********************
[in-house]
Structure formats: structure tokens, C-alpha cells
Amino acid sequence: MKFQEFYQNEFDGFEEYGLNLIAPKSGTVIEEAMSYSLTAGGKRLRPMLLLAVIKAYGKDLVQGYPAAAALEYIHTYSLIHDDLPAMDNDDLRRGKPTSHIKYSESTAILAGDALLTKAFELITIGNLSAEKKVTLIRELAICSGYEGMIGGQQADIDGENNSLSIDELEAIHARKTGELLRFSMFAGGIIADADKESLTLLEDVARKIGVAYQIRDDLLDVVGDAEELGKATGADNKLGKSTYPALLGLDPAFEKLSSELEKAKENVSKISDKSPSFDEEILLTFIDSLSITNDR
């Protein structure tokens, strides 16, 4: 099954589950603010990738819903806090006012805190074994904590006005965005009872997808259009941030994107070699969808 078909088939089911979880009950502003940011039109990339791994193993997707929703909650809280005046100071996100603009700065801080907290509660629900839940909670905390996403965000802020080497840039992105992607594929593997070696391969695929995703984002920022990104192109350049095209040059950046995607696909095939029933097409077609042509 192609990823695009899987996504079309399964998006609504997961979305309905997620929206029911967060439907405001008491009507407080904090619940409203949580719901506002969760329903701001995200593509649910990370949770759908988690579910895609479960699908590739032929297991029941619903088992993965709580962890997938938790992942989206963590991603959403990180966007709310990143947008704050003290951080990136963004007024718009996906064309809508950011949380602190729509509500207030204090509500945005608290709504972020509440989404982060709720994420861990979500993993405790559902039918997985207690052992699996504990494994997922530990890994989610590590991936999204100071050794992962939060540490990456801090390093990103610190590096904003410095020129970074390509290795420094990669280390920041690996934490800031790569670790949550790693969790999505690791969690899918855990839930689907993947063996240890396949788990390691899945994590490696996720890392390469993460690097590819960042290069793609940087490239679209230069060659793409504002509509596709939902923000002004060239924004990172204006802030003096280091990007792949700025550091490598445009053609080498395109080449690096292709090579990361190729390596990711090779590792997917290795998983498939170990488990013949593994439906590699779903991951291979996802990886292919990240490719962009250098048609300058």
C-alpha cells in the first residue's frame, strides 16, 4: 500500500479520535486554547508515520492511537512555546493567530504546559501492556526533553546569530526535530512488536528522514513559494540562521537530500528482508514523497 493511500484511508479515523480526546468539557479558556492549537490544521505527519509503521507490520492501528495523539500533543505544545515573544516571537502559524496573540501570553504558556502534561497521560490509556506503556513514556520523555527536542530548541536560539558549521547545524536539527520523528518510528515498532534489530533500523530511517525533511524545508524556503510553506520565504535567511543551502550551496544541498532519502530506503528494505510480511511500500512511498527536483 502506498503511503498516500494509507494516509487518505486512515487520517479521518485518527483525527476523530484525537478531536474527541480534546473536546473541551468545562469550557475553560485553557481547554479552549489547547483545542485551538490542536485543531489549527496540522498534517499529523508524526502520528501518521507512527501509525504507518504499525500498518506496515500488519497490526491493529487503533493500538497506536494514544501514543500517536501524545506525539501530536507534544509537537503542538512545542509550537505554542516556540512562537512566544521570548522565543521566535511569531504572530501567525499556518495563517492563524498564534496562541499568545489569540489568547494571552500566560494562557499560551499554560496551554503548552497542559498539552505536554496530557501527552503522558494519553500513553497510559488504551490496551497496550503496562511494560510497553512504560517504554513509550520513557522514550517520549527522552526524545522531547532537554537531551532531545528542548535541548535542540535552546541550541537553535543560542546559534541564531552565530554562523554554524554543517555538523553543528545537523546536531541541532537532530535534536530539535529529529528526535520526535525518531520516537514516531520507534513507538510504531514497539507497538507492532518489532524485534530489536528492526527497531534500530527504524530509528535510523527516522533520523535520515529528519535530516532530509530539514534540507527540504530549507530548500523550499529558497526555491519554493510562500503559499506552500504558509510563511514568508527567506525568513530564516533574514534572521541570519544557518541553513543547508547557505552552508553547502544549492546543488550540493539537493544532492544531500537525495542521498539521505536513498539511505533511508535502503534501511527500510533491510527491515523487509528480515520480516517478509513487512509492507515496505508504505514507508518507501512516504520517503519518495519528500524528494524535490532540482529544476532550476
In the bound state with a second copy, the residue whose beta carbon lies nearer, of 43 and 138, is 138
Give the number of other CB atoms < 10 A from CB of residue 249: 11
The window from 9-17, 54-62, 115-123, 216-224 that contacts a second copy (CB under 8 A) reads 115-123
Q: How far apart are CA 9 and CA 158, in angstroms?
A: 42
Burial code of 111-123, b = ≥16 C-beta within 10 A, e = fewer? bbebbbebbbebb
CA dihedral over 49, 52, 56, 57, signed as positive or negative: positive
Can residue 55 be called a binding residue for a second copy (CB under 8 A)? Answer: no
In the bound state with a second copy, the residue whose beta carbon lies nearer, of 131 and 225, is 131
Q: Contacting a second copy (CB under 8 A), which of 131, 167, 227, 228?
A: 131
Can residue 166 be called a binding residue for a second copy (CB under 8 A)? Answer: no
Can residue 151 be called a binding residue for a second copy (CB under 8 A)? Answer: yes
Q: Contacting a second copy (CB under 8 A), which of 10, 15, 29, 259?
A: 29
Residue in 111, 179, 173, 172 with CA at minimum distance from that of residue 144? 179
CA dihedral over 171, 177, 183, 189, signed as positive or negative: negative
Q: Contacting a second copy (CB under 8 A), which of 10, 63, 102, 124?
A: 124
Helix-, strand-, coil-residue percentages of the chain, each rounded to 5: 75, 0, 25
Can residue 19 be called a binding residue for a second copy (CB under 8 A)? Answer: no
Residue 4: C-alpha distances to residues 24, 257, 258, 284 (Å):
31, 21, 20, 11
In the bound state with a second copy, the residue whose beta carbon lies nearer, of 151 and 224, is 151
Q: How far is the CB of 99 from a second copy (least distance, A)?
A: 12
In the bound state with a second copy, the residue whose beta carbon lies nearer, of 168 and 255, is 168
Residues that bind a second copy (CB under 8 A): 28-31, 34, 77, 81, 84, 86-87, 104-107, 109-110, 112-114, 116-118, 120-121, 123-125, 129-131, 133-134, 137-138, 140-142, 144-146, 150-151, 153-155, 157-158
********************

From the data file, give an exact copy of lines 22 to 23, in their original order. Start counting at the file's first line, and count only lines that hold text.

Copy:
CA dihedral over 171, 177, 183, 189, signed as positive or negative: negative
Q: Contacting a second copy (CB under 8 A), which of 10, 63, 102, 124?